While it’s safe to say that we have a “church culture” at [our church]; i.e. we are not demonstrative in worship, informal but not “loose” in temperament, generous with food and money, preferring dry humor over boisterous humor, loving, humble, friendly but not smothering, slow to change, quick to eat, etc., one would still not claim that our church is the source of our daily lived culture. I’d dare to say that our church plays a more supplemental role in most of our lives. And, I’d say that most of us live more or less good, chaste, wholesome lives. Nonetheless, church is a part of our lives and not the center. This doesn’t even mean that we don’t regard church and God as the center of our lives. It just means that [our church] is not the most practical, formative, ubiquitous and influential source of our day to day experience. Should it be? If so, how?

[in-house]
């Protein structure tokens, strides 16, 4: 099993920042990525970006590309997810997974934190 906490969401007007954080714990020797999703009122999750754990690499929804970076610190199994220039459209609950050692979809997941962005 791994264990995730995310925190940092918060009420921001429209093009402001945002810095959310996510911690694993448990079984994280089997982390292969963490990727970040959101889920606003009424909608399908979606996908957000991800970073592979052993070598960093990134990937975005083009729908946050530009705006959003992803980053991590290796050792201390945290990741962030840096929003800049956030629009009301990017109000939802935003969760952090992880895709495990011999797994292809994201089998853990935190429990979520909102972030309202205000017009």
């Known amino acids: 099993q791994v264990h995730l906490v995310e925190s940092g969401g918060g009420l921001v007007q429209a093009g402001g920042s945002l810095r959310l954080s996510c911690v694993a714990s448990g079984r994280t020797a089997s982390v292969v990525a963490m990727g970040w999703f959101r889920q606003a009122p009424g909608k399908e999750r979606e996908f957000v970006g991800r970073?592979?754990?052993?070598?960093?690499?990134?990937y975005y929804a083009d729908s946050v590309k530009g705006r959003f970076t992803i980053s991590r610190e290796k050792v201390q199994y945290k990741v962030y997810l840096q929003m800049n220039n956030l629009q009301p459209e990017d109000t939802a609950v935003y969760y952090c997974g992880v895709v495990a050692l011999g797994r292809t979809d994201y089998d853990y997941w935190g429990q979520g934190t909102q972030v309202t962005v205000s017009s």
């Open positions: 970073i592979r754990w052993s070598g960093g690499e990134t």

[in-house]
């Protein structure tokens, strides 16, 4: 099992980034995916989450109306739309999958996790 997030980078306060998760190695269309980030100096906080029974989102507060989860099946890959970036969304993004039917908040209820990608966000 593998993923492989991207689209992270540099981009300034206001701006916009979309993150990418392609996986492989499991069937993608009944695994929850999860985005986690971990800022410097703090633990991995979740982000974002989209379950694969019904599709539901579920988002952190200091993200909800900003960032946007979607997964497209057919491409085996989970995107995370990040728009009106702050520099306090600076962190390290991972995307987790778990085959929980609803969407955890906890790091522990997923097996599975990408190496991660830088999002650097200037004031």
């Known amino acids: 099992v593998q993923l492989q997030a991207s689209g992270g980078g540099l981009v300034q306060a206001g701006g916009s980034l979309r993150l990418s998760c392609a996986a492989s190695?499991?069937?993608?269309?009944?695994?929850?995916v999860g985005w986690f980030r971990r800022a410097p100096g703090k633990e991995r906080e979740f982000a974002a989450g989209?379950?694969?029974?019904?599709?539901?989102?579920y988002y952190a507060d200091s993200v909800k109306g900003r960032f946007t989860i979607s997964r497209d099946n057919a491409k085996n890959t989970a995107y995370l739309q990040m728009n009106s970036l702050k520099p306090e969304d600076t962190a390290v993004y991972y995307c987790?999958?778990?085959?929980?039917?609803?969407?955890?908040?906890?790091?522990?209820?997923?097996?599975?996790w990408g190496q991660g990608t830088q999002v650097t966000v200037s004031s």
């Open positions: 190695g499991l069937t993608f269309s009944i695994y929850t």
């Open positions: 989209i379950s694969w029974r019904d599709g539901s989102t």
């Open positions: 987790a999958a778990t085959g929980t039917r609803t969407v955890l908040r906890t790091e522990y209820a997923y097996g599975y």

It seems to me that we at [this church] inherited a liturgical rhythm—a way of doing church—that is distinctly American and characteristic of the age in which our church was founded; those “happy golden” years when America was largely considered a Christian nation. This liturgical rhythm is not very demanding as most of us meet only once a week, and it functions very similarly to other social clubs which need not be Christian, who also have their roots in the era described above. This is perhaps justified if the surrounding culture is generally Christian and harmonizes with that worldview and sense of destiny. But Dreher’s book (and common sense) makes the case that this is not the world we live in, not even in [our town]. It’s clear to me that our church culture is dictated more by popular American culture than by anything else, mainly because of the church’s marginal, supplemental character. This doesn’t mean that we are all superficial, materialistic, self-centered people. It just means that we view ourselves as the ones who choose how and to what degree we outsource all the elements of our lives—our health, vocation, education, entertainment, prophetic knowledge (news media), family life, and religion. Our church culture, both explicitly and implicitly, caters to and upholds this worldview.